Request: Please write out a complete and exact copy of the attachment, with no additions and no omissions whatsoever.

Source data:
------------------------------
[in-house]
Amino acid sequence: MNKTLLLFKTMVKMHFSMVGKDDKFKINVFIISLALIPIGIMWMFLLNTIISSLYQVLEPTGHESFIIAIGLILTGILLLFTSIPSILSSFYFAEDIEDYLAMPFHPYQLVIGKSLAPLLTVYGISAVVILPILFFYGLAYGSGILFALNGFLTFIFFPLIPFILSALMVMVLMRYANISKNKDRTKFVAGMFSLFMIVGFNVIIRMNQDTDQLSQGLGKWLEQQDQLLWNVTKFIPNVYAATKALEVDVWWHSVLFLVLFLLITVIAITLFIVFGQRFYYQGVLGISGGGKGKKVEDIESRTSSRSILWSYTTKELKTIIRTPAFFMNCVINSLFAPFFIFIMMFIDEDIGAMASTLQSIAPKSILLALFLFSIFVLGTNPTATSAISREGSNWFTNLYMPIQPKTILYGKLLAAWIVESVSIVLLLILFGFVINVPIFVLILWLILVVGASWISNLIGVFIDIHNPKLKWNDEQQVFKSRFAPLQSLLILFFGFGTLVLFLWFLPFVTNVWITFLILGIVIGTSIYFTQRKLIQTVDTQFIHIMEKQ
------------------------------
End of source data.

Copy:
[in-house]
Amino acid sequence: MNKTLLLFKTMVKMHFSMVGKDDKFKINVFIISLALIPIGIMWMFLLNTIISSLYQVLEPTGHESFIIAIGLILTGILLLFTSIPSILSSFYFAEDIEDYLAMPFHPYQLVIGKSLAPLLTVYGISAVVILPILFFYGLAYGSGILFALNGFLTFIFFPLIPFILSALMVMVLMRYANISKNKDRTKFVAGMFSLFMIVGFNVIIRMNQDTDQLSQGLGKWLEQQDQLLWNVTKFIPNVYAATKALEVDVWWHSVLFLVLFLLITVIAITLFIVFGQRFYYQGVLGISGGGKGKKVEDIESRTSSRSILWSYTTKELKTIIRTPAFFMNCVINSLFAPFFIFIMMFIDEDIGAMASTLQSIAPKSILLALFLFSIFVLGTNPTATSAISREGSNWFTNLYMPIQPKTILYGKLLAAWIVESVSIVLLLILFGFVINVPIFVLILWLILVVGASWISNLIGVFIDIHNPKLKWNDEQQVFKSRFAPLQSLLILFFGFGTLVLFLWFLPFVTNVWITFLILGIVIGTSIYFTQRKLIQTVDTQFIHIMEKQ